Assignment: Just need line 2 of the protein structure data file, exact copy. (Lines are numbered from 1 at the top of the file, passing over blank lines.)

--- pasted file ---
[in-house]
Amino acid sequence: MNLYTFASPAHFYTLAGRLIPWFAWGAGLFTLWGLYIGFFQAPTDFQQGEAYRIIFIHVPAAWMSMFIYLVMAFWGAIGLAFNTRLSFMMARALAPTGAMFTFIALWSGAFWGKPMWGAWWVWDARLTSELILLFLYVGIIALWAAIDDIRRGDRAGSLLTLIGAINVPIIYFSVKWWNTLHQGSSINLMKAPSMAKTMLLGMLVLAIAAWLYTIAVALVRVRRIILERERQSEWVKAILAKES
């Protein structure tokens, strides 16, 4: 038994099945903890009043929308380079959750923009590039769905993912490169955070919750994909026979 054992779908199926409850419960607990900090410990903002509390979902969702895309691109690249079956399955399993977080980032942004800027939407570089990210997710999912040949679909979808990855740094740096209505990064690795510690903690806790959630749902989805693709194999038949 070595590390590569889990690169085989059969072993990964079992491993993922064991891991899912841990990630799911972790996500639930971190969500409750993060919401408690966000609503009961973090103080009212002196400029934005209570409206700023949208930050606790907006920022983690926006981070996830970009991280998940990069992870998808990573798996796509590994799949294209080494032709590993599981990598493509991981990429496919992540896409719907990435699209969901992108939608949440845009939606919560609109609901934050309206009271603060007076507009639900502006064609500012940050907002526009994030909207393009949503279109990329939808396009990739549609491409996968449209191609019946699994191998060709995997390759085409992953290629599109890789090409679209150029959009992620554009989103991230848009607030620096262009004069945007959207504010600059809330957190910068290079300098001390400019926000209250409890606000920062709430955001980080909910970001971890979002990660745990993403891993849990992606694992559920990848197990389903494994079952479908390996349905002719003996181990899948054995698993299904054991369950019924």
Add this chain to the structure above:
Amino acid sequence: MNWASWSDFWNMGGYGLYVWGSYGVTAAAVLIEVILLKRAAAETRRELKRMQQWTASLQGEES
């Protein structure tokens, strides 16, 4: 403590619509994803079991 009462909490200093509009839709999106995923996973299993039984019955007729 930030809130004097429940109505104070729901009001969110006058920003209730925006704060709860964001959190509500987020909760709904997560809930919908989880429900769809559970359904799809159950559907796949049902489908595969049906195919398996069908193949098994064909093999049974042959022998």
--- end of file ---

Amino acid sequence: MNLYTFASPAHFYTLAGRLIPWFAWGAGLFTLWGLYIGFFQAPTDFQQGEAYRIIFIHVPAAWMSMFIYLVMAFWGAIGLAFNTRLSFMMARALAPTGAMFTFIALWSGAFWGKPMWGAWWVWDARLTSELILLFLYVGIIALWAAIDDIRRGDRAGSLLTLIGAINVPIIYFSVKWWNTLHQGSSINLMKAPSMAKTMLLGMLVLAIAAWLYTIAVALVRVRRIILERERQSEWVKAILAKES